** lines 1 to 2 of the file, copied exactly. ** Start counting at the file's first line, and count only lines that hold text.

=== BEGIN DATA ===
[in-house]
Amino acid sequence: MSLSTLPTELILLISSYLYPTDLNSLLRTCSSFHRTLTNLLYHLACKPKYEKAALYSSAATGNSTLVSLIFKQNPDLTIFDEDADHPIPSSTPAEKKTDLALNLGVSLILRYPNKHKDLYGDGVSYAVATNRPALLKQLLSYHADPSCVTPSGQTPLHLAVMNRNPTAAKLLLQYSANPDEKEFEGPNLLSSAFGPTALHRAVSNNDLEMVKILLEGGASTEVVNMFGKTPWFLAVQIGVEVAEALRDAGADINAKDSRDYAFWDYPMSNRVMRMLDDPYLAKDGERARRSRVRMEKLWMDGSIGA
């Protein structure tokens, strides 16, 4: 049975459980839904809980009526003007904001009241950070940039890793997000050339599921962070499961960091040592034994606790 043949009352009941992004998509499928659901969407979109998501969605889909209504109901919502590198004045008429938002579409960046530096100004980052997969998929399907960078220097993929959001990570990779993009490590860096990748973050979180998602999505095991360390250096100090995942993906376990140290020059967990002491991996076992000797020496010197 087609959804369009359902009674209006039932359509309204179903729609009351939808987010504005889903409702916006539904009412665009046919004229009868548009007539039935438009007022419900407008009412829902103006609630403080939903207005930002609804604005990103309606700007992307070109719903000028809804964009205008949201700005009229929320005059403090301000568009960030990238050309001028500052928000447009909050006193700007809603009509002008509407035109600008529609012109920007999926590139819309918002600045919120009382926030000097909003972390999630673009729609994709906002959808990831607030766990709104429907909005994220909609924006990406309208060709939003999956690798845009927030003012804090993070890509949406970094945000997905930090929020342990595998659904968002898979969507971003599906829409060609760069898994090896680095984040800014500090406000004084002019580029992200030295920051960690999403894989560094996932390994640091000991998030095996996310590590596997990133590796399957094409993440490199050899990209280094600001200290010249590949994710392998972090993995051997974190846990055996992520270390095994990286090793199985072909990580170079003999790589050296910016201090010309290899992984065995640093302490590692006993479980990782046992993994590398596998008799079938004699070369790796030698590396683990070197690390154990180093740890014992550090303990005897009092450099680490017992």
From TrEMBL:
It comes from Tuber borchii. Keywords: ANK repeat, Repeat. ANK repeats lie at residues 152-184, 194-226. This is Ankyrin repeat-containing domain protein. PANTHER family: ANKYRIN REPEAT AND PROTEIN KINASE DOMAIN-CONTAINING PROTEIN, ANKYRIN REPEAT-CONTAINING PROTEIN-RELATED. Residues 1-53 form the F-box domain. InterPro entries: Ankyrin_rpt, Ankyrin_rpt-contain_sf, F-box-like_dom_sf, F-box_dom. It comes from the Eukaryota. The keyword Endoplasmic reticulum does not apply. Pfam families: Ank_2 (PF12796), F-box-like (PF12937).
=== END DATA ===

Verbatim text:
[in-house]
Amino acid sequence: MSLSTLPTELILLISSYLYPTDLNSLLRTCSSFHRTLTNLLYHLACKPKYEKAALYSSAATGNSTLVSLIFKQNPDLTIFDEDADHPIPSSTPAEKKTDLALNLGVSLILRYPNKHKDLYGDGVSYAVATNRPALLKQLLSYHADPSCVTPSGQTPLHLAVMNRNPTAAKLLLQYSANPDEKEFEGPNLLSSAFGPTALHRAVSNNDLEMVKILLEGGASTEVVNMFGKTPWFLAVQIGVEVAEALRDAGADINAKDSRDYAFWDYPMSNRVMRMLDDPYLAKDGERARRSRVRMEKLWMDGSIGA